Witness Box Whiteboards?

Engineers tend to think problems through as visual concepts, particularly as a concept sketch or design. This is reflected by a lawyer trained CEO of a water authority:

Now that you mention it, I have noticed that if I get between the whiteboard and my engineers they do tend to go mute.

That is, for an engineer a picture really is worth a 1,000 words. Well, at least a picture with some numbers on it.

The courts, on the other hand, use words exclusively. It can be something of an art form to read a judgment to establish the key decision point. And when an engineer is in a witness box trying to explain to two barristers and a judge (who have not done a science based subject for many years) a complex technological matter, it is small wonder that uncertainty arises in the collective mind of the court.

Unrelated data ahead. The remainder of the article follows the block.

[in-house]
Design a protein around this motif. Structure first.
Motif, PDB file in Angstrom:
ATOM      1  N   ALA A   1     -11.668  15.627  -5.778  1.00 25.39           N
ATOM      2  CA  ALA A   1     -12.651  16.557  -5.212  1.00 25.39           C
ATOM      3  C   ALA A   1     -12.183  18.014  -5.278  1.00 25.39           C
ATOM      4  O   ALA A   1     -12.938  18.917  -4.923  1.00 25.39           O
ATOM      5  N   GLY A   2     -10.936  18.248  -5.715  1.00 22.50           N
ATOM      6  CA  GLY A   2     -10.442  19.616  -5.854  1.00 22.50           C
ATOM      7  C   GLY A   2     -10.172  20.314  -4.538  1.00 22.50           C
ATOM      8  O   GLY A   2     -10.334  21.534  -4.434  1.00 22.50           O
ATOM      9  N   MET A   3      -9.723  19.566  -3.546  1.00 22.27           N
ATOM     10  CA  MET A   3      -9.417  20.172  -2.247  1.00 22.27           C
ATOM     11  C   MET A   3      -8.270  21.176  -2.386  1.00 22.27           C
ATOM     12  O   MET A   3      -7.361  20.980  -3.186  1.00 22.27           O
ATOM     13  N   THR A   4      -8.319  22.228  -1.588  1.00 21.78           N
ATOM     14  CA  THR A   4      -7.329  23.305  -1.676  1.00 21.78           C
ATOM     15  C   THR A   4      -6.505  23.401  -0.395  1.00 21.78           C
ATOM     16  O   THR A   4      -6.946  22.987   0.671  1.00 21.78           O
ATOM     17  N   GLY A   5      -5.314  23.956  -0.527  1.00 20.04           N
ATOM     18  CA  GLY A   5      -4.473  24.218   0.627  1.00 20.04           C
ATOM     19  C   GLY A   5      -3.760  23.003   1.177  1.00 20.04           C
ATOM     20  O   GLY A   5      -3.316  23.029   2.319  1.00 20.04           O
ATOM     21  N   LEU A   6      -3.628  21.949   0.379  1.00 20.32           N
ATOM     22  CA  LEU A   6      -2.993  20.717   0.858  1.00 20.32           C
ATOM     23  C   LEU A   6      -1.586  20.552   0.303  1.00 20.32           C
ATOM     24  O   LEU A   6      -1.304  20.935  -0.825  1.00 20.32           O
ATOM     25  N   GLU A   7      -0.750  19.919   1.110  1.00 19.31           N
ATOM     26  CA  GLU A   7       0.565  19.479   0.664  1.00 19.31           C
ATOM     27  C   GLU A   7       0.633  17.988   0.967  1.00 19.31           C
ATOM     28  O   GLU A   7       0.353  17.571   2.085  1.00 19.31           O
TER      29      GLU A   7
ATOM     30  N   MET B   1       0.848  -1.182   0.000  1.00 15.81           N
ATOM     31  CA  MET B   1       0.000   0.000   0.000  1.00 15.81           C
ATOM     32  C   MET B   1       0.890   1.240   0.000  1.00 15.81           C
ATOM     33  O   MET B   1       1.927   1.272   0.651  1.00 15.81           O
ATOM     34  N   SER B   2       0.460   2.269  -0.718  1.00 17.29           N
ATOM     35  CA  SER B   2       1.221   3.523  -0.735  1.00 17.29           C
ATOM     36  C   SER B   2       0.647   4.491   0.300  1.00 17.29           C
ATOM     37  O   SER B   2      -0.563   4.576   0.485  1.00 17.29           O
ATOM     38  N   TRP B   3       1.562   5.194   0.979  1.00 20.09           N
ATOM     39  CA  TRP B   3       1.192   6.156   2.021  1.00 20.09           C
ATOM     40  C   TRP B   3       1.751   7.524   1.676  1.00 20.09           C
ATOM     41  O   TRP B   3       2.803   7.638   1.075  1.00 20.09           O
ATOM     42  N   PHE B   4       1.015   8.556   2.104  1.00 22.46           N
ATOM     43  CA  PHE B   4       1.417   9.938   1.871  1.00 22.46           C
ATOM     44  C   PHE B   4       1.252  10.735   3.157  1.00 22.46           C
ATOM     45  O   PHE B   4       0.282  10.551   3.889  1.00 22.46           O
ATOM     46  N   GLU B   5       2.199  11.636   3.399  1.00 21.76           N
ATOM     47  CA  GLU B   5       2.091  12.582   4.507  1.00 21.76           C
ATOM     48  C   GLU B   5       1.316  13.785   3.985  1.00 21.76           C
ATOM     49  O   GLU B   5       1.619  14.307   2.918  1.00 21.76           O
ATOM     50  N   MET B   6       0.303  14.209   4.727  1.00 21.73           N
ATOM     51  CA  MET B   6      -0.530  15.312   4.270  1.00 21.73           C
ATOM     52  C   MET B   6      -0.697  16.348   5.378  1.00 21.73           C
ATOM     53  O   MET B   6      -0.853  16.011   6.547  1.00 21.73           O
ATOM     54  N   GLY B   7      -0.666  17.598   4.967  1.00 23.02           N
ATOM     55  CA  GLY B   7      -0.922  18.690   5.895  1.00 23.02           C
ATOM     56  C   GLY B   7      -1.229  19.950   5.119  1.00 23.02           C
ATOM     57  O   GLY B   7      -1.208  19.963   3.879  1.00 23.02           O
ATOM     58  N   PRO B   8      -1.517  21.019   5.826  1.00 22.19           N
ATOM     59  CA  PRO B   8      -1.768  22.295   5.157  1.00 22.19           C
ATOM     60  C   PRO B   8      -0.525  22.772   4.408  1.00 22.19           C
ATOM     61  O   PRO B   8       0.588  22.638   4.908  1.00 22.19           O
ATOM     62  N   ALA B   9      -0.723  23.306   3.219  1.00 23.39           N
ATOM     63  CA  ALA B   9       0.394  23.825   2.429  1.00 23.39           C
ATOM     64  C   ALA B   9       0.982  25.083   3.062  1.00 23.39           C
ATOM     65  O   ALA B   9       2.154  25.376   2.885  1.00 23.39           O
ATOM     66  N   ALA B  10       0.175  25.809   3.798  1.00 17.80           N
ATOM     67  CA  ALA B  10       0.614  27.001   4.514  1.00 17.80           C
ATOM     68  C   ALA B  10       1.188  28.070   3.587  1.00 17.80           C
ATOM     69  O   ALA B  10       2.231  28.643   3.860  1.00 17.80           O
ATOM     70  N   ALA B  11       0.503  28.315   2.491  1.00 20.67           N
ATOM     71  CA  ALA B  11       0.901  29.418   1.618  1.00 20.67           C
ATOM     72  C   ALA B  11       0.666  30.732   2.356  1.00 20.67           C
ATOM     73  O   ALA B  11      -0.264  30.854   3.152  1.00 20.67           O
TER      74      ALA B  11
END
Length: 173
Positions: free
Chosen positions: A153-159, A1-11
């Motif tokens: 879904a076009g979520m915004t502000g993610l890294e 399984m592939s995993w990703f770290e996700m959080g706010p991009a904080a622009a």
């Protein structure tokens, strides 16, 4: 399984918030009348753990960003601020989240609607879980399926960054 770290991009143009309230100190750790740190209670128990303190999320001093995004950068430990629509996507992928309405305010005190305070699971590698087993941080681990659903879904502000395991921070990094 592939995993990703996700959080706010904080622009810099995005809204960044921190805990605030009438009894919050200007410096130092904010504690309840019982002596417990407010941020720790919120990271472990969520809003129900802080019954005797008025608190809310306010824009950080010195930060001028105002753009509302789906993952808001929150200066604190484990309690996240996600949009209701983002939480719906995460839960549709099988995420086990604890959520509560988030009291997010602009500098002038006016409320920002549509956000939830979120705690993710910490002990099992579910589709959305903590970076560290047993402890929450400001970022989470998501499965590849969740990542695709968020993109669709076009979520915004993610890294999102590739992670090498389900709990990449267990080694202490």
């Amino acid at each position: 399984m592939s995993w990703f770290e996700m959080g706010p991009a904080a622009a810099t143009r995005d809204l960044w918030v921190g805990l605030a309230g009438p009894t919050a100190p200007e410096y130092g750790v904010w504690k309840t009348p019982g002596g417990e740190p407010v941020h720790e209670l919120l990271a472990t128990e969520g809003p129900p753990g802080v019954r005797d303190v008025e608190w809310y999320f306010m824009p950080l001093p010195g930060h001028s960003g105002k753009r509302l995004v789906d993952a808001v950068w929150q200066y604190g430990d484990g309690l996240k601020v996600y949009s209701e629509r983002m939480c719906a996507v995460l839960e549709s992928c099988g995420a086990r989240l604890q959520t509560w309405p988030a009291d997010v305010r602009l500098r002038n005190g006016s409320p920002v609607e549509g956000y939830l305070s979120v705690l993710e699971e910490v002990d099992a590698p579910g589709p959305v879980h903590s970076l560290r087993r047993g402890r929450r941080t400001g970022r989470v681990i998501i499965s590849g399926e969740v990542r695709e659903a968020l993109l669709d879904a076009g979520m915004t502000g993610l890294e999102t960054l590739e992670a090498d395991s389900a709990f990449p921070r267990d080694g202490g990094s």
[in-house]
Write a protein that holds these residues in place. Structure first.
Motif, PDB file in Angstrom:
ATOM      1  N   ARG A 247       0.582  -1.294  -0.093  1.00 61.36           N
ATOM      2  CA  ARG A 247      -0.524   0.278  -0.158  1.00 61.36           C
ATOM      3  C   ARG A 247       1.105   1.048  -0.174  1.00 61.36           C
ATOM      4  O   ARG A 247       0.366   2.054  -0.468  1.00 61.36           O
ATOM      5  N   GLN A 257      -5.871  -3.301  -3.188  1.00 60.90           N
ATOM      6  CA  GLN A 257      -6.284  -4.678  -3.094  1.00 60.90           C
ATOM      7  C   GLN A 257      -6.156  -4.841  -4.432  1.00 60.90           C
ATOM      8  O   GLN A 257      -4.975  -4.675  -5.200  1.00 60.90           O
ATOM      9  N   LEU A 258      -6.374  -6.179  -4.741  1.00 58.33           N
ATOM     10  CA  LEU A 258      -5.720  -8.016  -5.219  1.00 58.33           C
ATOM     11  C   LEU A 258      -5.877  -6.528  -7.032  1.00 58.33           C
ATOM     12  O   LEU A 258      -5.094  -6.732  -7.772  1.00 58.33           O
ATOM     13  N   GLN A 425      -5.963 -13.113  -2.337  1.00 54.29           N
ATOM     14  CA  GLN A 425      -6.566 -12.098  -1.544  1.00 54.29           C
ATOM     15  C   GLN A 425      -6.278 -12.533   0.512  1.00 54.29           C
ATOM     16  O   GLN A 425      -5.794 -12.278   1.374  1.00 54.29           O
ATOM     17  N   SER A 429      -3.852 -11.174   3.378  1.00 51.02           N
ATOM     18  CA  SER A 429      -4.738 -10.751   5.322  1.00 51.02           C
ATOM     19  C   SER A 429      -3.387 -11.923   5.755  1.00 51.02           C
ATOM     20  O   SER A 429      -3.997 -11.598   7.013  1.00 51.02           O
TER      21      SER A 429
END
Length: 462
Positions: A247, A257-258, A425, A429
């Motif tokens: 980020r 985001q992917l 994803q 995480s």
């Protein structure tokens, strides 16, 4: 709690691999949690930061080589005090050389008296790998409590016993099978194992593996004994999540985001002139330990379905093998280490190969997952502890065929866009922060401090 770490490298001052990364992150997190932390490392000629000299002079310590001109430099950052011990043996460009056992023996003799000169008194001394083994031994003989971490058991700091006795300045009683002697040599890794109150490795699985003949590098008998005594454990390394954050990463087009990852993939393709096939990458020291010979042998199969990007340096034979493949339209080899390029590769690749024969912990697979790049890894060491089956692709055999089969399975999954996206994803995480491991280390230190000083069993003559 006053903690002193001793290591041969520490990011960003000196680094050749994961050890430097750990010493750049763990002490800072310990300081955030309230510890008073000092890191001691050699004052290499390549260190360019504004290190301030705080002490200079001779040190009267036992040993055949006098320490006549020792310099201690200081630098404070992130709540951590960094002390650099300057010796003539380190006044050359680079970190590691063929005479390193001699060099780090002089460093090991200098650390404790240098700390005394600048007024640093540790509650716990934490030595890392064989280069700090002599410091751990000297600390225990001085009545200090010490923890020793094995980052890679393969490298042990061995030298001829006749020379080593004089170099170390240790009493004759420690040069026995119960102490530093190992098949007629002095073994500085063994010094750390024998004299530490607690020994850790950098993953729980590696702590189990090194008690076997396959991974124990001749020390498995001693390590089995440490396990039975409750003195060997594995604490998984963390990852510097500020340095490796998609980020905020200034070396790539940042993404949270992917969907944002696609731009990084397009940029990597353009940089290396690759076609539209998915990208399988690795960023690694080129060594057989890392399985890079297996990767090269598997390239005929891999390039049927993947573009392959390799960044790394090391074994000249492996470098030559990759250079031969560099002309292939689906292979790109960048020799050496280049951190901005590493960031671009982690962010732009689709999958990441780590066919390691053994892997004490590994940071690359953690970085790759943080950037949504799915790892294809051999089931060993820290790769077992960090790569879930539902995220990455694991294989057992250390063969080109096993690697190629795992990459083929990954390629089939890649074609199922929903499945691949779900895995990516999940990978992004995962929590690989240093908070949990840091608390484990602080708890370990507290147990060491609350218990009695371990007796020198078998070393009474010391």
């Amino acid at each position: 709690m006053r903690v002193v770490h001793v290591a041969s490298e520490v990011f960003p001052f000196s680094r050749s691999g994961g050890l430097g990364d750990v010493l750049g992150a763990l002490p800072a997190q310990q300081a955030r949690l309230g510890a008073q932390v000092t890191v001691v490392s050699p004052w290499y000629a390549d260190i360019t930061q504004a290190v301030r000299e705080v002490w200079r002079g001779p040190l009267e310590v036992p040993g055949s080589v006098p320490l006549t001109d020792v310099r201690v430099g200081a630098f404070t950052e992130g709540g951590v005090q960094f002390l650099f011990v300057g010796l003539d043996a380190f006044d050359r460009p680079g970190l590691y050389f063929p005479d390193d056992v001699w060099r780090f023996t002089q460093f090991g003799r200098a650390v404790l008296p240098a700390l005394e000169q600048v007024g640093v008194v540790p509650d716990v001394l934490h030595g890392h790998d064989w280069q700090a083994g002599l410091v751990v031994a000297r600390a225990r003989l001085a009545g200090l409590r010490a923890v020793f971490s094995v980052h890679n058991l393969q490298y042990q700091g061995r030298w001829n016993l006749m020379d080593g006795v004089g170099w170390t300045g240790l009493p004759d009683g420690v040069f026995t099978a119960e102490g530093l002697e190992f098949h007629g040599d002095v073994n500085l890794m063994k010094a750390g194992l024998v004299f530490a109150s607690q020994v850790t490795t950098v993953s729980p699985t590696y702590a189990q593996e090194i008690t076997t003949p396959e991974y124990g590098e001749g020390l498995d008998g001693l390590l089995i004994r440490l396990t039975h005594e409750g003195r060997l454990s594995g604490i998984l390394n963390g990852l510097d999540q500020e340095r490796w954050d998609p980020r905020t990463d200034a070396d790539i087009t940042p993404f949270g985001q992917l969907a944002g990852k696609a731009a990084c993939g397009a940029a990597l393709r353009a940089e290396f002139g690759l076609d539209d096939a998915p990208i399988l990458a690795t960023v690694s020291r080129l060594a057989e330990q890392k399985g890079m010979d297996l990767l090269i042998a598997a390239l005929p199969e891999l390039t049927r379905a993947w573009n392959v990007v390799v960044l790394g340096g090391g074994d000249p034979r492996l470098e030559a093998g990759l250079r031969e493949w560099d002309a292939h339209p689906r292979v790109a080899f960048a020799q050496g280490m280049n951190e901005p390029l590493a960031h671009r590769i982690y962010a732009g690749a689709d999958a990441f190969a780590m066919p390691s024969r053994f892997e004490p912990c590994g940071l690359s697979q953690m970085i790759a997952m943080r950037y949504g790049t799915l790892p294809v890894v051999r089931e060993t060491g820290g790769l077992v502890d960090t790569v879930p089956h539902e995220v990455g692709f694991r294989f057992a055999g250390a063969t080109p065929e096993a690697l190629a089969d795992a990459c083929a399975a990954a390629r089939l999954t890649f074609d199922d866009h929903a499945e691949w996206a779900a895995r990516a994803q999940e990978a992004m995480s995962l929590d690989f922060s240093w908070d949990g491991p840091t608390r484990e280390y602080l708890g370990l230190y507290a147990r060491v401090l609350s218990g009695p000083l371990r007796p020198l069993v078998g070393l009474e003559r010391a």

It would be most desirable to ensure the efficiency of the rule of law to include a whiteboard in the witness box when an engineer is on the stand.

About the Author

Richard Robinson

Richard is one of the country’s most experienced and respected risk and due diligence engineers, sharing his knowledge and expertise in books, academic papers and with some of Australia’s biggest organisations. He regularly presents on the advantages of adopting the precaution based approach to risk instead of the hazard based process, which has been dominant in Australia in recent times.

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